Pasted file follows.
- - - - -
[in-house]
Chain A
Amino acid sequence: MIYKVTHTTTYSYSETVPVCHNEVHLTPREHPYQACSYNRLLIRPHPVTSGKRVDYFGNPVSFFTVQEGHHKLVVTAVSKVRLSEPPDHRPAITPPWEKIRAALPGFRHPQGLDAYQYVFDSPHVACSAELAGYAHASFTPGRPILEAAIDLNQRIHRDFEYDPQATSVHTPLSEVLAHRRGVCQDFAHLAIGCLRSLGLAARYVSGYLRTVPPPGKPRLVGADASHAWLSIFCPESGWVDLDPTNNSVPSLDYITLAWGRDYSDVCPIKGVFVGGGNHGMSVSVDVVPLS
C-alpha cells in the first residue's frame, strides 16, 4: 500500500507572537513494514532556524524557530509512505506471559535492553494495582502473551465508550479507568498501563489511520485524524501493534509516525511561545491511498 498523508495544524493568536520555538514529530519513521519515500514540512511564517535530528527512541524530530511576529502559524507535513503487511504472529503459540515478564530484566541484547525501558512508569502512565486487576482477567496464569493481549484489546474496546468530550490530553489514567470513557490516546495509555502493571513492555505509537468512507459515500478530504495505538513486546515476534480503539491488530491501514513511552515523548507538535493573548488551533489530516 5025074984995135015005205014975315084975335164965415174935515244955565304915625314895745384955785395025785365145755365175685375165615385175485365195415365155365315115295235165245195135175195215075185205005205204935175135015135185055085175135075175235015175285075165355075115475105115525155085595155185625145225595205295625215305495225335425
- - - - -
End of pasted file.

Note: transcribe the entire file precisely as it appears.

[in-house]
Chain A
Amino acid sequence: MIYKVTHTTTYSYSETVPVCHNEVHLTPREHPYQACSYNRLLIRPHPVTSGKRVDYFGNPVSFFTVQEGHHKLVVTAVSKVRLSEPPDHRPAITPPWEKIRAALPGFRHPQGLDAYQYVFDSPHVACSAELAGYAHASFTPGRPILEAAIDLNQRIHRDFEYDPQATSVHTPLSEVLAHRRGVCQDFAHLAIGCLRSLGLAARYVSGYLRTVPPPGKPRLVGADASHAWLSIFCPESGWVDLDPTNNSVPSLDYITLAWGRDYSDVCPIKGVFVGGGNHGMSVSVDVVPLS
C-alpha cells in the first residue's frame, strides 16, 4: 500500500507572537513494514532556524524557530509512505506471559535492553494495582502473551465508550479507568498501563489511520485524524501493534509516525511561545491511498 498523508495544524493568536520555538514529530519513521519515500514540512511564517535530528527512541524530530511576529502559524507535513503487511504472529503459540515478564530484566541484547525501558512508569502512565486487576482477567496464569493481549484489546474496546468530550490530553489514567470513557490516546495509555502493571513492555505509537468512507459515500478530504495505538513486546515476534480503539491488530491501514513511552515523548507538535493573548488551533489530516 5025074984995135015005205014975315084975335164965415174935515244955565304915625314895745384955785395025785365145755365175685375165615385175485365195415365155365315115295235165245195135175195215075185205005205204935175135015135185055085175135075175235015175285075165355075115475105115525155085595155185625145225595205295625215305495225335425